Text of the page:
Biomass Conversion and Biorefinery

, Volume 8, Issue 2, pp 413–421 | Cite as

A comparable study on the hot-water treatment of wheat straw and okra stalk prior to delignification

  • Saleem Ullah
  • Hannu Pakkanen
  • Joni Lehto
  • Raimo Alén
Original Article
  • 75 Downloads

Abstract

Wheat straw and okra stalk were studied to evaluate their potential use for integrated lignocellulosic biorefining. Besides chemical pulp, a wide spectrum of value-added by-products were prepared by hot-water extraction of the feedstocks under varying conditions (140 °C for 60 and 240 min and 150 °C for 25 and 100 min) prior to sulfur-free soda-anthraquinone (AQ) pulping (NaOH charge 15 and 20% by weight on o.d. feedstock for wheat straw and okra stalk, respectively, with an AQ charge of 0.05% by weight on o.d. for both feedstocks). During the hot-water pre-treatment, the most significant mass removal, respectively, 12% (w/w) and 23% (w/w) of the initial wheat straw and okra stalk was obtained at 150 °C with a treatment time of 100 min. The hydrolysates were characterized in terms of pH and the content of carbohydrates (6–20% (w/w) of the initial amount), volatile acids (acetic and formic acids), and furans. The pre-treatment stage also facilitated the delignification stage, and, for example, the pulp yields (w/w), 57% (145 °C, 15 min, and kappa number 18) and 41% (165 °C, 180 min, and kappa number 32) were obtained for the pre-treated (150 °C, P200) wheat straw and okra stalk, respectively. Results clearly indicated that both non-wood materials were suitable for this kind of biorefining approach.

Keywords

Biorefining Hot-water extraction Okra stalk Soda-AQ pulping Wheat straw Yield 

Notes

Acknowledgements

This study has been supported by the Doctoral Program in Chemistry, University of Jyväskylä. Additionally, financial support from the Finnish Cultural Foundation and Maj and Tor Nessling Foundation (Joni Lehto) is gratefully acknowledged.

Supplementary material

13399_2018_306_MOESM1_ESM.docx (1.2 mb)
ESM 1 (DOCX 1.18 mb)
13399_2018_306_MOESM2_ESM.docx (14 kb)
ESM 2 (DOCX 13.7 kb)
13399_2018_306_MOESM3_ESM.docx (14 kb)
ESM 3 (DOCX 13.6 kb)

References

  1. 1.
    Mendes CVT, Carvalho MGVS, Baptista CMSG, Rocha JMS, Soares BIG, Sousa GDA (2009) Valorisation of hardwood hemicelluloses in the kraft pulping process by using an integrated biorefinery concept. Food Bioprod Process 87:197–207CrossRefGoogle Scholar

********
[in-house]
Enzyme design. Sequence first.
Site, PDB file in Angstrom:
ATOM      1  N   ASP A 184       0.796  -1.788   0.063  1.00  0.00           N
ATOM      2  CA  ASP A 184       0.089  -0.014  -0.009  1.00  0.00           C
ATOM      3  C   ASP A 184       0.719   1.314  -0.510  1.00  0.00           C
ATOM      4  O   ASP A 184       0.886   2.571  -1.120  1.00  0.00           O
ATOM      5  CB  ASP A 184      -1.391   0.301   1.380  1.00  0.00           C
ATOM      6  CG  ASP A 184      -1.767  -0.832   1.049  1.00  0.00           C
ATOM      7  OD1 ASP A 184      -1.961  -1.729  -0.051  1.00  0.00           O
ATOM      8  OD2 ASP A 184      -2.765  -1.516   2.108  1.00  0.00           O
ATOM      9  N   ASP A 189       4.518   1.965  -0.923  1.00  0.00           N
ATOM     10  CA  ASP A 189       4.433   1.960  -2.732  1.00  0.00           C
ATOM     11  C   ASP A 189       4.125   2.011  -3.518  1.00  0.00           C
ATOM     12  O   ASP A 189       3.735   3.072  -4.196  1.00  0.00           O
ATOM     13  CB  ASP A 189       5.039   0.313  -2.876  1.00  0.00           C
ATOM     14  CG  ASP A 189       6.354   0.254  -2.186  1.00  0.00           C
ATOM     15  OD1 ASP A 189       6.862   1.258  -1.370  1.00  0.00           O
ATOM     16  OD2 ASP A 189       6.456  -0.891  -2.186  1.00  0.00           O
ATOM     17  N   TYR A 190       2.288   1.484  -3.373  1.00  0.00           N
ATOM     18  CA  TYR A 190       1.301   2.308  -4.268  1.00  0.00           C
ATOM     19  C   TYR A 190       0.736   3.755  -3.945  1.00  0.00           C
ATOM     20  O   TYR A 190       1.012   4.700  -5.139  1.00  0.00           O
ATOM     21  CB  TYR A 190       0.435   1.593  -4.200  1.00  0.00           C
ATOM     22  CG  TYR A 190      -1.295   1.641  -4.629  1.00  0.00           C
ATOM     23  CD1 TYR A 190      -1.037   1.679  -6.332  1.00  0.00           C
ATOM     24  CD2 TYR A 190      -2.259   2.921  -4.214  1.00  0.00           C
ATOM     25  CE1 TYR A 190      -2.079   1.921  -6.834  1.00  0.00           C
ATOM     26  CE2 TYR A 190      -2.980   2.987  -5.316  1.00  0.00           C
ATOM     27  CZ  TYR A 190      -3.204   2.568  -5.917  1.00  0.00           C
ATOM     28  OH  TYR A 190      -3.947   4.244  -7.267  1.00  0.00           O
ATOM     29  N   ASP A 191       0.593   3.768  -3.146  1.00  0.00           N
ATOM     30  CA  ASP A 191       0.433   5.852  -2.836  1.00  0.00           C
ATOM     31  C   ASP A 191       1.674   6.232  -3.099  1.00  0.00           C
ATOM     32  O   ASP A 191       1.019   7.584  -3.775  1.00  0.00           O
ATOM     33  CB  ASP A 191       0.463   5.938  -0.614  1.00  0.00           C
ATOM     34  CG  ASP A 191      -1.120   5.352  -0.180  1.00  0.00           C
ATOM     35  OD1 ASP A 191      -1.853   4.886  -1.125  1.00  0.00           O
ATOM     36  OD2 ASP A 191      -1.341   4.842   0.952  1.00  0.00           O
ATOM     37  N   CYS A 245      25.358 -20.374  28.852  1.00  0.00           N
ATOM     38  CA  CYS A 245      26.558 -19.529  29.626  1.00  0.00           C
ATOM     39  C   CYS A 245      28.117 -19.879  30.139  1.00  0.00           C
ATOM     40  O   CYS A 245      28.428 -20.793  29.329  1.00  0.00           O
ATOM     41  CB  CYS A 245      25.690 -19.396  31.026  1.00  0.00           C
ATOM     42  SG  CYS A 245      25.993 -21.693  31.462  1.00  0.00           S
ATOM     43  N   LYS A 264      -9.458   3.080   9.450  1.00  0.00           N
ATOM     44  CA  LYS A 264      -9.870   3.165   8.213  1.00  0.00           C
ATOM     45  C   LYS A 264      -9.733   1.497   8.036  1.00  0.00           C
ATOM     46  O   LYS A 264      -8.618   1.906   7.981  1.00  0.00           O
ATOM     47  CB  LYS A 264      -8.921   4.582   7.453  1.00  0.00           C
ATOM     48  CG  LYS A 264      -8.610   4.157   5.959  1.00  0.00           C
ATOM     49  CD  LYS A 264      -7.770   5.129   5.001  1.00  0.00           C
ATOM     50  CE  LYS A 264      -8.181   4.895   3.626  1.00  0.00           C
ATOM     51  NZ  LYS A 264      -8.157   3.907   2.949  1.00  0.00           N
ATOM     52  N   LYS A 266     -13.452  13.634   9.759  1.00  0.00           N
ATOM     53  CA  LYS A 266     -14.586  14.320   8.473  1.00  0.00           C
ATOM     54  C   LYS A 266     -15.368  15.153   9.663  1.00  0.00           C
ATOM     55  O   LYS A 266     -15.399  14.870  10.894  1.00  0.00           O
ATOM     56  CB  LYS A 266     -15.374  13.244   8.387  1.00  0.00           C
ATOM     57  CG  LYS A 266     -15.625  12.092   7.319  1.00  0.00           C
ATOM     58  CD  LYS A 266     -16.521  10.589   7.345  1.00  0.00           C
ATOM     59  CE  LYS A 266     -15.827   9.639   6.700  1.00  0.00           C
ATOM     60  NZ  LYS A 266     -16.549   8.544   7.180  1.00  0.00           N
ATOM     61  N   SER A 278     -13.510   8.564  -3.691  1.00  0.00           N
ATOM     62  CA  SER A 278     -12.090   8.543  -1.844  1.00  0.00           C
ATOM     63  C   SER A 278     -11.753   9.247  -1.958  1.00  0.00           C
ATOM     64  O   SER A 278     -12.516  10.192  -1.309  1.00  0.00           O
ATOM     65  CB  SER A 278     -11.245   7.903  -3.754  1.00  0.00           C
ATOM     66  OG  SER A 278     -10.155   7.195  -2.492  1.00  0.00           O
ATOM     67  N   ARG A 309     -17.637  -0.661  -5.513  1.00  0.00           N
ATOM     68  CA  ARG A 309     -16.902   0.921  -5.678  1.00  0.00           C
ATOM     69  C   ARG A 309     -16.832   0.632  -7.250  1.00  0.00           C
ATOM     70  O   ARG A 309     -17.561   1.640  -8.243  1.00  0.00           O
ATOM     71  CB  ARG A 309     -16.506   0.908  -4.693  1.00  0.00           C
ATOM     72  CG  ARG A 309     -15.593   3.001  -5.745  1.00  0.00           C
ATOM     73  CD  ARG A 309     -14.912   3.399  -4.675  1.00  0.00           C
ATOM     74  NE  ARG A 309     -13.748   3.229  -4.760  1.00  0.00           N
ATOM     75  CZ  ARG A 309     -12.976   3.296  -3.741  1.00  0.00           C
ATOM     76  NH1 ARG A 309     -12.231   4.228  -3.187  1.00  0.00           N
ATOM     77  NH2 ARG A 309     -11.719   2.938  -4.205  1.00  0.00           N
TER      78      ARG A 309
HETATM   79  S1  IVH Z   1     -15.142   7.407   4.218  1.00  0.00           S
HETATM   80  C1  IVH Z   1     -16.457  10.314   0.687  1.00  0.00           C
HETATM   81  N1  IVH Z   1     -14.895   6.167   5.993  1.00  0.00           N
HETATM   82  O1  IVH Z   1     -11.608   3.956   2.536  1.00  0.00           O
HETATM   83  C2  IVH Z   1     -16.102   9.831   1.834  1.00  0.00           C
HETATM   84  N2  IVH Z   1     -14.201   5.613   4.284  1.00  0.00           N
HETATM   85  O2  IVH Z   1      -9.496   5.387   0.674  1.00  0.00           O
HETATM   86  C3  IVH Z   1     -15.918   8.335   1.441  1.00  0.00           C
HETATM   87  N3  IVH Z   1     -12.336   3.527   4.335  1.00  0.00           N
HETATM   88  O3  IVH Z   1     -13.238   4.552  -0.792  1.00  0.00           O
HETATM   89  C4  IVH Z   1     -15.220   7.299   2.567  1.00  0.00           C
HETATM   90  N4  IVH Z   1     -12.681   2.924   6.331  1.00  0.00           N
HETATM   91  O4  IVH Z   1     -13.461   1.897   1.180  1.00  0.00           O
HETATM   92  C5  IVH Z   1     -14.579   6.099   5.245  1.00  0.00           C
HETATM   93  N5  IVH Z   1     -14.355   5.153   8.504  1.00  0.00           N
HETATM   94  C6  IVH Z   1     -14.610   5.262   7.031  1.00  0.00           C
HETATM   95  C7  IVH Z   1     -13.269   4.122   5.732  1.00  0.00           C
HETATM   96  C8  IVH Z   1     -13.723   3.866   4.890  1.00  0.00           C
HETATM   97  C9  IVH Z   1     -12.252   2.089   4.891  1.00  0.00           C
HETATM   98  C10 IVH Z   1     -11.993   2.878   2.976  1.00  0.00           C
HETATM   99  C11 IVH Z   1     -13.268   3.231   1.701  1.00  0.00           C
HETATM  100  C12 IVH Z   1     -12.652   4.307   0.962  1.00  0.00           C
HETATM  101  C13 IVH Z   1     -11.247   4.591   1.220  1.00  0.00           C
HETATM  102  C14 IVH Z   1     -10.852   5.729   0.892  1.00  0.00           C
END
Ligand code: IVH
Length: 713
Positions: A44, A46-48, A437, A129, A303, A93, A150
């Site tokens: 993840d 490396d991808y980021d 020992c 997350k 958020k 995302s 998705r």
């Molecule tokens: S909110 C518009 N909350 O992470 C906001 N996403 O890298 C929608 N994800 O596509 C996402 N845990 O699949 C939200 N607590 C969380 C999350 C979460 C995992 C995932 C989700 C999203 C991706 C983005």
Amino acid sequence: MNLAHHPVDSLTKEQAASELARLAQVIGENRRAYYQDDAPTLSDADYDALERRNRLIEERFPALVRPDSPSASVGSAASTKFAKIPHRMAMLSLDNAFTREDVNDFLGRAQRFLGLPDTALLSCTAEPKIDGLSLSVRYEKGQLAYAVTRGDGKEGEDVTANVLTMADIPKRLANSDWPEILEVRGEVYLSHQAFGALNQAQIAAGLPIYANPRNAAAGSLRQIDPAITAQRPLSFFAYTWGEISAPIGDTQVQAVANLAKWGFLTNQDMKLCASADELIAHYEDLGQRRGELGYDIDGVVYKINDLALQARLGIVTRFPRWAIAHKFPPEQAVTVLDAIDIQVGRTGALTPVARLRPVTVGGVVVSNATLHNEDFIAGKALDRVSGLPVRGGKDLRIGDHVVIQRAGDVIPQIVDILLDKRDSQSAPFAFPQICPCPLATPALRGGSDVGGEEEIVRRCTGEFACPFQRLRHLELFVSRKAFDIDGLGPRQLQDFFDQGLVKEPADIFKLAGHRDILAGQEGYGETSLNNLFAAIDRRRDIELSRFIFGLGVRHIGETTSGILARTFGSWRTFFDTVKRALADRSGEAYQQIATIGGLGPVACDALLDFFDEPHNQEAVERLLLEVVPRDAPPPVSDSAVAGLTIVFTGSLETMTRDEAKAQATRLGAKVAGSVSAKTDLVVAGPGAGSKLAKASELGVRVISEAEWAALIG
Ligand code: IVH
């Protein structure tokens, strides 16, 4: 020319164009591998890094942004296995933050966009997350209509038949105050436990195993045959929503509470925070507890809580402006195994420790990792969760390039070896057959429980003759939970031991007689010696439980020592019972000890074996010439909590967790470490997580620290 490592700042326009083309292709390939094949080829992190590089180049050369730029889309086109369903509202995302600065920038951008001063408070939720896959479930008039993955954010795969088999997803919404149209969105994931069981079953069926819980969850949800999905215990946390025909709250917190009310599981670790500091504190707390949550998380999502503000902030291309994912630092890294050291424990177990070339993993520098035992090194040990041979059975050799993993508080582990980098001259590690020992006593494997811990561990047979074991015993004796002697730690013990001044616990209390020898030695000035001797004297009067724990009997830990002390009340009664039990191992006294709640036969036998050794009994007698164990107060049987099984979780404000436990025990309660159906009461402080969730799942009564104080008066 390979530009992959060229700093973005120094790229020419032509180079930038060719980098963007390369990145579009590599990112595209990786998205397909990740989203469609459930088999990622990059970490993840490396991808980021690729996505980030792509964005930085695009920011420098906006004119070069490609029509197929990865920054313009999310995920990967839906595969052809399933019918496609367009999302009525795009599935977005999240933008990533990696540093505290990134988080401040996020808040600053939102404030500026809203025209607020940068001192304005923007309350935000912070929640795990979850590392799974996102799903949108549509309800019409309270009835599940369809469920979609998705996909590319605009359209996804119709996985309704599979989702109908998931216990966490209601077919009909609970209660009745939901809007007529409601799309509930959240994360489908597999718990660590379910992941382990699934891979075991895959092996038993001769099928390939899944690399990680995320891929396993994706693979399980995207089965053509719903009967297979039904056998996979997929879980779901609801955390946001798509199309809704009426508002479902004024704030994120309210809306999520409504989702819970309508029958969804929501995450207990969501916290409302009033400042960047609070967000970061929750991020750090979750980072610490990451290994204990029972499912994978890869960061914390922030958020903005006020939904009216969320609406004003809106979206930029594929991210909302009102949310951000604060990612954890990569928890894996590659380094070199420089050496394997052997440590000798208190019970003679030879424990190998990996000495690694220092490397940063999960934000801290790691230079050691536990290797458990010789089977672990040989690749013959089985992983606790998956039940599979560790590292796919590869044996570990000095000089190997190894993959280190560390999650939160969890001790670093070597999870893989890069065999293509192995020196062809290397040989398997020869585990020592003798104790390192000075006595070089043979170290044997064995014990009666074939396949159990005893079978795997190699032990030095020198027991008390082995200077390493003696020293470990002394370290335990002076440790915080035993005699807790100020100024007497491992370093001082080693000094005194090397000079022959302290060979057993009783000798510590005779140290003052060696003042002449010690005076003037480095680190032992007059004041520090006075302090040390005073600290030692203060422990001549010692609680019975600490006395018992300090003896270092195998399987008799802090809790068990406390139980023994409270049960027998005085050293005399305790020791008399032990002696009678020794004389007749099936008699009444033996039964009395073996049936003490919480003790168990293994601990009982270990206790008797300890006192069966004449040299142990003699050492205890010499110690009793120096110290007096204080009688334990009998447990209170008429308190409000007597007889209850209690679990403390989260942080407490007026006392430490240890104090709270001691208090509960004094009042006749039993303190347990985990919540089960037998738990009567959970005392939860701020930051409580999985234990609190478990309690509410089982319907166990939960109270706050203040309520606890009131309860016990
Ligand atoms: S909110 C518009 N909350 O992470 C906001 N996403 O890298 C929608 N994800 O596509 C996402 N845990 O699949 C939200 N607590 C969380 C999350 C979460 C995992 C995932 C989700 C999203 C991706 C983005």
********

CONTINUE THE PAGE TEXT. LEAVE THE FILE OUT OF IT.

2. 2.
    Martin-Sampedro R, Eugenio ME, Moreno JA, Revilla E, Villar JC (2014) Integration of a kraft pulping mill into a forest biorefinery: pre-extraction of hemicellulose by steam explosion versus steam treatment. Bioresour Technol 153:236–244CrossRefGoogle Scholar
  3. 3.
    Lehto JT, Alén RJ (2015) Chemical pretreatments of wood chips prior to alkaline pulping—a review of pretreatment alternatives, chemical aspects of the resulting liquors, and pulping outcomes. Bioresources 10:8604–8656CrossRefGoogle Scholar
  4. 4.
    Kumar P, Barrett DM, Delwiche MJ (2009) Methods for pretreatment of lignocellulosic biomass for efficient hydrolysis and biofuel production. Ind Eng Chem Res 48:3713–3729CrossRefGoogle Scholar
  5. 5.
    Gong C, Goundalkar MJ, Bujanovic BM (2012) Evaluation of different sulfur-free delignification methods for hot-water extracted hardwood. J Wood Chem Technol 32:93–104CrossRefGoogle Scholar
  6. 6.
    Carvalheiro F, Duarte LC, Gírio FM (2008) Hemicellulose biorefineries: a review on biomass pretreatments. J Sci Ind Res 67:849–864Google Scholar
  7. 7.
    Chirat C, Lachenal D, Sanglard M (2012) Extraction of xylans from hardwood chips prior to kraft cooking. Process Biochem 47:381–385CrossRefGoogle Scholar
  8. 8.
    Jönsson LJ, Alriksson B, Nilvebrant NO (2013) Bioconversion of lignocellulose: inhibitors and detoxification. Biotechnol Biofuels 6:16CrossRefGoogle Scholar
  9. 9.
    Akhtar N, Gupta K, Goyal D, Goyal A (2015) Recent advances in pretreatment technologies for efficient hydrolysis of lignocellulosic biomass. Environ Prog Sustain Energy 35:489–511CrossRefGoogle Scholar
  10. 10.